Trump's Infrastructure Plan 'A Joke,' Former Pennsylvania Gov. Ed Rendell Says

Feb 12, 2018
Originally published on February 12, 2018 4:42 pm

The Trump administration’s infrastructure plan is finally out.

The headline number is $1.5 trillion, but only $200 billion of that would come from the federal government. Cities, states and private investment would make up the rest.

Ed Rendell (@GovEdRendell), former Democratic governor of Pennsylvania, says shifting much of the funding burden onto states will have a negative impact.

“States just are not gonna be able to take advantage of even this limited amount of money,” Rendell, also a co-founder of Building America’s Future, tells Here & Now‘s Jeremy Hobson. “It does virtually nothing to help infrastructure development. It’s very disappointing.”

Interview Highlights

On initial reactions to President Trump’s infrastructure plan

“It’s a joke. There is no plan. The American Society of Civil Engineers says to get our infrastructure back to ‘fair’ condition, we have to spend $2 trillion in the next 10 years above what we’ve been spending. The Trump plan only devotes $200 billion, that’s $20 billion a year, to the infrastructure revitalization — that’s 10 percent of what the American Society of Civil Engineers recommends. And they’re not doing it with new revenue, they’re doing it by cutting other parts of the budget. So we’re not even sure that they’ll get to $20 billion a year on a yearly basis. So it’s a joke.

“The president during the campaign said he was gonna spend $1 trillion on infrastructure. He’s not doing that, he’s spending 20 percent of that. The president said he was gonna do big projects. There’s practically no money in there for big projects. It’s a joke. They can spend $341 million giving a tax cut to real estate developers — which they just did — and yet only spend $200 billion on infrastructure that affects every American. It’s a cruel hoax.”

On the administration saying it will be able to leverage private dollars for infrastructure projects

“They may be able to leverage some private dollars, and they did some things, like moving the state ban on tolling, that will help that. But let me give you an example: We have 60,000 structurally deficient bridges in America. I would say about 100 of them generate enough traffic to be tolled. And of course, you have to have a toll or a tax to get private investment, because private investors want a return on their investment. And that makes sense. It’s common sense. So for 100 bridges, you might be able to do it with an infusion of private-sector money. But for 59,900 other bridges, it’s government — and I mean local, state and federal government — that bear that responsibility.”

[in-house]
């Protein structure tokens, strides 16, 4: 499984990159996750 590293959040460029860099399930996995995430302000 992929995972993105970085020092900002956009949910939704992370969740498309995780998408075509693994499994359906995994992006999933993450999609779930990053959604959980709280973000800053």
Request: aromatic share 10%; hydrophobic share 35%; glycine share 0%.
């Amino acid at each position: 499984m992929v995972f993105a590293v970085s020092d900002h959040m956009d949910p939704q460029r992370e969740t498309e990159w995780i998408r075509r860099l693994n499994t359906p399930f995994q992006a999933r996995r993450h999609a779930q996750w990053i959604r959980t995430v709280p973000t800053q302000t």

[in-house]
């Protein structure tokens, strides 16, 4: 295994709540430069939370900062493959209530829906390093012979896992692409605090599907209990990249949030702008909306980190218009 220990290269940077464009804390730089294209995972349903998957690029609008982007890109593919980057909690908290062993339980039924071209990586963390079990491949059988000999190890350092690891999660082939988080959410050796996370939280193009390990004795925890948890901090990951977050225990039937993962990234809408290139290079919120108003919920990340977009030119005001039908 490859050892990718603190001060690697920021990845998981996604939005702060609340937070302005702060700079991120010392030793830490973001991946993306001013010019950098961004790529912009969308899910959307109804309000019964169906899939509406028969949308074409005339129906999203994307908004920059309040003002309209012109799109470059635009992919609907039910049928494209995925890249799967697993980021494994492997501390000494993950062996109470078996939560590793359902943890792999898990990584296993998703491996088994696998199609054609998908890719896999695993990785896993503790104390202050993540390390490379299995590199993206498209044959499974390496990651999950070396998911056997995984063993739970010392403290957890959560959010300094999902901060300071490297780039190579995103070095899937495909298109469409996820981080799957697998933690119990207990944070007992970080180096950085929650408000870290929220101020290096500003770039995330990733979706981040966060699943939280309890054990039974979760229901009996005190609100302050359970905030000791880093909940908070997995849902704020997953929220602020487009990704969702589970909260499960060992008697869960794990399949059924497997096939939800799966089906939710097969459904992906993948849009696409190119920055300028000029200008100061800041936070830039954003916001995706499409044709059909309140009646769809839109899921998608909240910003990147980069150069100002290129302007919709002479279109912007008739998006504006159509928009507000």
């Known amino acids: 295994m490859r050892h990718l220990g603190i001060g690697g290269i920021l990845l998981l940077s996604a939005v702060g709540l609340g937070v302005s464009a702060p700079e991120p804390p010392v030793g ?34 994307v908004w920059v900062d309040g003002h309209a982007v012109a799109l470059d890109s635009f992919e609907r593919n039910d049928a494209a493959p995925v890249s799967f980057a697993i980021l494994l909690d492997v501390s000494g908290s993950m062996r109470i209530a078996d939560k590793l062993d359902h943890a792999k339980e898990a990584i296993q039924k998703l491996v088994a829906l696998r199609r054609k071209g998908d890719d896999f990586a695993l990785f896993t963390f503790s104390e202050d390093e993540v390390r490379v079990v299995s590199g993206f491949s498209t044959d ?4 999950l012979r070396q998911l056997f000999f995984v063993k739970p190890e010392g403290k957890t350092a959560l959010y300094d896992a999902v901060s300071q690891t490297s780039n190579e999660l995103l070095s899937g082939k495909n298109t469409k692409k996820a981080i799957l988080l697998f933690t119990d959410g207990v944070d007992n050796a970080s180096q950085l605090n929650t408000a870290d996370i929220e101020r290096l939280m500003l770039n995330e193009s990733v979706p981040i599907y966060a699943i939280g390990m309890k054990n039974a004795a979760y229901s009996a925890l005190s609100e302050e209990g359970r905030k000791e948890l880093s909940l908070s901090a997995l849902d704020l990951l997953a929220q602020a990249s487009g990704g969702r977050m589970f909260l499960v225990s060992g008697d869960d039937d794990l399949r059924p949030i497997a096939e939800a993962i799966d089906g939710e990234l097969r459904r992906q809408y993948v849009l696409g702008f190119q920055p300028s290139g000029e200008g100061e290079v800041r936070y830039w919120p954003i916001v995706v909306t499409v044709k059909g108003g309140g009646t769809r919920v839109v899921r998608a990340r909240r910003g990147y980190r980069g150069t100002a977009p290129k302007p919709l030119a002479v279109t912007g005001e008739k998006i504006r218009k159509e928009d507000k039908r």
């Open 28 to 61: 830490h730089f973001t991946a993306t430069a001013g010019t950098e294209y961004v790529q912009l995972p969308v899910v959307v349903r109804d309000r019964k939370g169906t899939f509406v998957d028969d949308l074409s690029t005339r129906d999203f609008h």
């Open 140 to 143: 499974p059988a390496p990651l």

On the plan calling for $50 billion specifically for rural infrastructure projects, to be given as block grants

“Some places in rural America have a heavy need, like Montana and the Dakotas, because that’s where the natural gas has been discovered, and so there’s a lot of trucking needs. But generally there are not big projects in rural areas. I think that money was thrown in just for political purposes.”

On the administration’s proposal to shorten the permitting process for infrastructure projects

“It’s a good idea, it will be helpful, but it won’t make a difference. Look, you cannot do infrastructure revitalization on the cheap. And remember, these are assets we’re building. For example, the Hoover Dam, a huge infrastructure project that was done by this country in the 1930s. Is the Hoover Dam still working to provide electricity to the area that it’s located in? Yes it is, almost 90 years later. Infrastructure produces assets that have long-term value. We should treat it differently than ordinary spending.”

On what kinds of infrastructure projects are most important right now

“Projects that involve public safety. We’ve got dams that are structurally unsafe. We’ve got bridges that are structurally unsafe. We’ve got pipelines that are structurally unsafe. Those are the things we’ve gotta get to first, then the next thing is things that have economic competitiveness that that can help our economy, that can create jobs. Only about a fourth of our ports on the East Coast are dredged deeply enough to receive the big Panamax liners that are coming through the expanded Panama Canal. So we’re losing a lot of longshoreman jobs and trucker jobs to Canada, where the ports are ready to receive that type of cargo. So public safety first, economic competitiveness second, would be the drivers.”

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